During training: Similar to baseline needs, what you drink during your ride depends on several factors including temperature, environment, time of day, intensity of training, sex differences. It is important to go into a race or training situation hydrated. Remember it is much easier to come back from a low sugar ‘bonk’ (a few minutes after a bit of food) than it is to come back from dehydration (several hours for the kidneys and hormones to kick in for fluid balance)! Your fluid intake during training should allow you to maintain power towards the end of your ride. I recommend drinking a “functional hydration” (three-four percent carbohydrate beverage/three-four grams carbohydrate per 100ml) and basing your initial fluid needs on drinking to thirst.

Keep in mind here, drinking to thirst is not THE answer, you must start your session hydrated, then use thirst as a guide for the first three or four hours. Don’t become too thirsty (not drinking then all of a sudden needing to gulp copious fluid; instead sip sip, nibble nibble). If you are concerned that drinking to thirst is not optimal for you, the most recent scientific consortium guidelines recommend not exceeding 800ml/hour in temperate conditions and not to exceed 900ml/hour for hotter and/or more intense rides. Remember this is based on generalised guidelines. The best way to tap into what you specially need is to objectively measure your hydration status using pee sticks.

After Training: After you exercise, as a general rule, you need to slowly rehydrate over the course of 2-3 hours. Don’t gulp fluid. This is counterproductive for rehydration. Instead consume a combination of an protein-based drink (the amino acids help with rehydration) and watery foods for optimal rehydration and recovery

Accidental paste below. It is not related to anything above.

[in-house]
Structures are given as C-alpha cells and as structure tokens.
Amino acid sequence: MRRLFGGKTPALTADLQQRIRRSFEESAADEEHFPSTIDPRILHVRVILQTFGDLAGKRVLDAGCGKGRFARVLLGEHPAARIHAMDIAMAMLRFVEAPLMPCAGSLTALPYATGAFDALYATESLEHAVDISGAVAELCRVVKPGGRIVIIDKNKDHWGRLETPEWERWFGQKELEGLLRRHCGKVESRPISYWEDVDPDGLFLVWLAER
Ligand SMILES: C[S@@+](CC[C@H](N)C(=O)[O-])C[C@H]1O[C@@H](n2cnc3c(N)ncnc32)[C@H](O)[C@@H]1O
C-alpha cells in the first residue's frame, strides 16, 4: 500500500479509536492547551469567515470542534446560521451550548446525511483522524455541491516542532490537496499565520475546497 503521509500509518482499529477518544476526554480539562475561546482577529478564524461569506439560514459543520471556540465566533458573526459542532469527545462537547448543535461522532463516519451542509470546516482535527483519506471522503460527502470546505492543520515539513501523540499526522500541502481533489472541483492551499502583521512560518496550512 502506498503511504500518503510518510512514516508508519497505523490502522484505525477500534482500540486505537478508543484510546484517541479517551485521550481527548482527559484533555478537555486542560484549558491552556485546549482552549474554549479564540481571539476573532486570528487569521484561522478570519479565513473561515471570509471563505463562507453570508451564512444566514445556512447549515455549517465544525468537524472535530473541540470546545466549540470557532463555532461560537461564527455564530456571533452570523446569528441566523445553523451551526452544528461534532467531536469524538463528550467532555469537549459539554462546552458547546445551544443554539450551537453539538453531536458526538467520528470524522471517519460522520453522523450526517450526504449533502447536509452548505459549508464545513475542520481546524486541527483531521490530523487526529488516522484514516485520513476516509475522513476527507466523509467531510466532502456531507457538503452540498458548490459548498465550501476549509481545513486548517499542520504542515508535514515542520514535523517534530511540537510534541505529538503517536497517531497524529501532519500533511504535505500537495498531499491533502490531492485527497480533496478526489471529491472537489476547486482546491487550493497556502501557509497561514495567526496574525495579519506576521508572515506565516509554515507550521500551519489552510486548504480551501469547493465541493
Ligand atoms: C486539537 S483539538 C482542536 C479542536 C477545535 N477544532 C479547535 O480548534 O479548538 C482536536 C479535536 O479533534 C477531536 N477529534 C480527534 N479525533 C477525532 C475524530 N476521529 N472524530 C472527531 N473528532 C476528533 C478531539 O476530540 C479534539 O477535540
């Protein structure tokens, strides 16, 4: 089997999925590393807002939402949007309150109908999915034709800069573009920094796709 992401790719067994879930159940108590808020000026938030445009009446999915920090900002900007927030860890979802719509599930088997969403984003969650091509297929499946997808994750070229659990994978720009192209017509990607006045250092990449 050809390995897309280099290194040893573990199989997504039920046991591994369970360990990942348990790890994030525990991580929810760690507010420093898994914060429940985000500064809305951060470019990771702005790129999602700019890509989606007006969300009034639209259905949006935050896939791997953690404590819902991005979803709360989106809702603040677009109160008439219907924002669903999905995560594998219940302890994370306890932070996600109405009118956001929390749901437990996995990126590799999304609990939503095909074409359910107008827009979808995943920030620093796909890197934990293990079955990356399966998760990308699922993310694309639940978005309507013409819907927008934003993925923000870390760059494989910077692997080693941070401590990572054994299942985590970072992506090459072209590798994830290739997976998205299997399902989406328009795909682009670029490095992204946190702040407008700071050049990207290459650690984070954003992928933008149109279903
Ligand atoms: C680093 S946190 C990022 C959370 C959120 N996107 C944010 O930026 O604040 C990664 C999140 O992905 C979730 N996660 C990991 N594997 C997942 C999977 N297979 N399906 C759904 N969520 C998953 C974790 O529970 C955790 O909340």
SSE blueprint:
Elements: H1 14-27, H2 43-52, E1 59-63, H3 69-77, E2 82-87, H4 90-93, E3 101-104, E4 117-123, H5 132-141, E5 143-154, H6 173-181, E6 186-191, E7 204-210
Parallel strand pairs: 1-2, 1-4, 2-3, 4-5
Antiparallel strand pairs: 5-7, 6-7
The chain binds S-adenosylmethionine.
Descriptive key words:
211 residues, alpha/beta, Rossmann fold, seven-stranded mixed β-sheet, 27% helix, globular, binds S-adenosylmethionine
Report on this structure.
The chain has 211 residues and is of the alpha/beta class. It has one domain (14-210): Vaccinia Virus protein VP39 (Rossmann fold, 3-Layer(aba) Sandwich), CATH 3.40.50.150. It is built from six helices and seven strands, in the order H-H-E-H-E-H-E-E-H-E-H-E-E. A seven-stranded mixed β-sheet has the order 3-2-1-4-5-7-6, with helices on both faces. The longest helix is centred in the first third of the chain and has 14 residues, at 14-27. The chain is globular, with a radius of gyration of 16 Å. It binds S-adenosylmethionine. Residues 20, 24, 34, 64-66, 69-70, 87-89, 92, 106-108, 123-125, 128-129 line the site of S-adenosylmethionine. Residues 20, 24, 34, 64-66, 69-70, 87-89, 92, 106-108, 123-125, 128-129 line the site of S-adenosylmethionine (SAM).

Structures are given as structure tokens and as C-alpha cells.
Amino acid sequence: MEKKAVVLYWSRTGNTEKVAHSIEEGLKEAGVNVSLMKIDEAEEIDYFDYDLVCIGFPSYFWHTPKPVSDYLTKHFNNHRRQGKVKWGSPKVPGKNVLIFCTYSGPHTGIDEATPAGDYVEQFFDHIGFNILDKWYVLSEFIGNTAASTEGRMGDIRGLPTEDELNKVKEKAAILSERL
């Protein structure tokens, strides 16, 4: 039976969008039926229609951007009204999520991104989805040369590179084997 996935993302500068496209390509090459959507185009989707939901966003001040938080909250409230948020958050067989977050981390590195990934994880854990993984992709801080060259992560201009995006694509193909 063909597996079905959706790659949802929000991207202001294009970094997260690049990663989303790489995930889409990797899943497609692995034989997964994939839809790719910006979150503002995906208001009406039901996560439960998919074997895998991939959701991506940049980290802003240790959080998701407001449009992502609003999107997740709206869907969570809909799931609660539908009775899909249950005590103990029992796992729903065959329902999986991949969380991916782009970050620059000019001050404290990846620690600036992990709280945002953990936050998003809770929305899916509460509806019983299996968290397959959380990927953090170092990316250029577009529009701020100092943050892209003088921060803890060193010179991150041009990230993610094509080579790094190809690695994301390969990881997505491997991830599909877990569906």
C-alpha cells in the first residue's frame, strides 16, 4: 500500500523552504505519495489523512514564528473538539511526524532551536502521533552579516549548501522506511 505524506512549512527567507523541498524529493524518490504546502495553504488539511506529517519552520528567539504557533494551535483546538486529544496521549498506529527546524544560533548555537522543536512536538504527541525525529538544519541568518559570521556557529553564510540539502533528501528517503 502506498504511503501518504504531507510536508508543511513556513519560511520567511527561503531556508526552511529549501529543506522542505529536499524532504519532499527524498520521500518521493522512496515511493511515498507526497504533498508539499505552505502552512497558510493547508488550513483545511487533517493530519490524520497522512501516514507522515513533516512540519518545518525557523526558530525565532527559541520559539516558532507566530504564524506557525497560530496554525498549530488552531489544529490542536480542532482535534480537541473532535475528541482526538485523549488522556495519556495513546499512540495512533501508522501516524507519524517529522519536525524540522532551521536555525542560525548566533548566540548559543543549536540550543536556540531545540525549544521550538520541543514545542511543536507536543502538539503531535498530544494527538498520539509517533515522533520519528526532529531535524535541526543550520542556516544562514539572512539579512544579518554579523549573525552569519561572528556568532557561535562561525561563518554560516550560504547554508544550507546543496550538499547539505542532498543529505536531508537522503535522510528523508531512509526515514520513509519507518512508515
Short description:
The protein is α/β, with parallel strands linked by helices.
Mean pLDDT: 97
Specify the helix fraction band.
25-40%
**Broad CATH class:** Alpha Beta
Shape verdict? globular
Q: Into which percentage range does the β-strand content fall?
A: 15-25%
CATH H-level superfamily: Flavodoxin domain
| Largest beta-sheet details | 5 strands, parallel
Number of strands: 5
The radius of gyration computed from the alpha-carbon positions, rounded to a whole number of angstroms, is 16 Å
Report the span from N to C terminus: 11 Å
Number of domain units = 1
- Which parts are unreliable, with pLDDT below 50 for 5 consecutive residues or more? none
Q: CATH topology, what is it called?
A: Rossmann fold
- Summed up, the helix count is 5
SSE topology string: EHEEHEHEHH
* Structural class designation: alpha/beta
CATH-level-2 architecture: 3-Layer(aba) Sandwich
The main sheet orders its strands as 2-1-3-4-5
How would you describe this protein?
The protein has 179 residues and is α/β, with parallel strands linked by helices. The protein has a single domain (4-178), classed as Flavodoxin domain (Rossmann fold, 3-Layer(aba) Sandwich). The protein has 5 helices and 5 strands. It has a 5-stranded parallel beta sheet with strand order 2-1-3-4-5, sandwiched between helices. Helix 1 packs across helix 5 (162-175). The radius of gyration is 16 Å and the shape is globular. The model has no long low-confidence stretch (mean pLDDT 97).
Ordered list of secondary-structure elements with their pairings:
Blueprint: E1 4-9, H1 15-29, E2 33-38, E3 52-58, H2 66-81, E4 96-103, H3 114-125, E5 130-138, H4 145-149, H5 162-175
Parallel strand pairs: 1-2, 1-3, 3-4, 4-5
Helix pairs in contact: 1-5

There are several key points presented here that you can take aboard and apply to your training, racing and recovery.

1. Women have greater fat stores and access fat to a greater degree during exercise, sparing liver glycogen, but during the high hormone phase of the menstrual cycle, this carbohydrate sparing mechanism can work against intensity and performance. In this phase, have extra quick hits of sugar in the form of glucose tablets, jelly beans or energy chews to maximise your interval sessions, racing and other high intensity events.

2. Women don’t oxidise as many branch-chained amino acids during exercise as men, but in the high hormone phase of the menstrual cycle, there is a greater reliance on protein during exercise (and at rest). Ideally, post exercise ingestion should comprise around 20-30 grams of high-quality protein within 30 minutes of exercise. Any delay compromises tissue leucine concentration, and enhances muscle tissue breakdown. Equally important is consuming subsequent doses of approximately 20 grams of protein across the day. Meal content should be around 0.25g/kg with one last dose of protein before bed. This strategy will support muscle adaptation, body fat loss (with negative energy balance) and lean mass preservation.

3. The post-exercise recovery phase: three hours post-exercise, a woman’s metabolism is pretty close to pre-exercise/baseline levels, so the two-hour recovery window after the first of a 2x day exercise session needs to be carefully planned in order to restore the muscles’ fuel stores

4. The quick return to baseline metabolism also contributes to the reduced ability to “lean up” in women. Again, women need to take advantage of the two-hour window to promote body composition change and glycogen/fat store recovery.


Further readings:


  • Hausswirth C. and Le Murr Y. Physiological and Nutritional Aspects of Post-Exercise Recovery: Specific recommendations for female athletes. Sports Med, 2011; 41(10): 861-882.
  • Tarnopolsky MA. Sex differences in exercise metabolism and the role of 17-beta estradiol. Med Sci Sports Exerc, 2008; 40 (4): 648-54.
  • Roepstorff C, Steffensen CH, Madsen M, et al. Gender differences in substrate utilization during submaximal exercise in endurance-trained subjects. Am J Physiol Endocrinol Metab 2002; 282 (2): E435-47.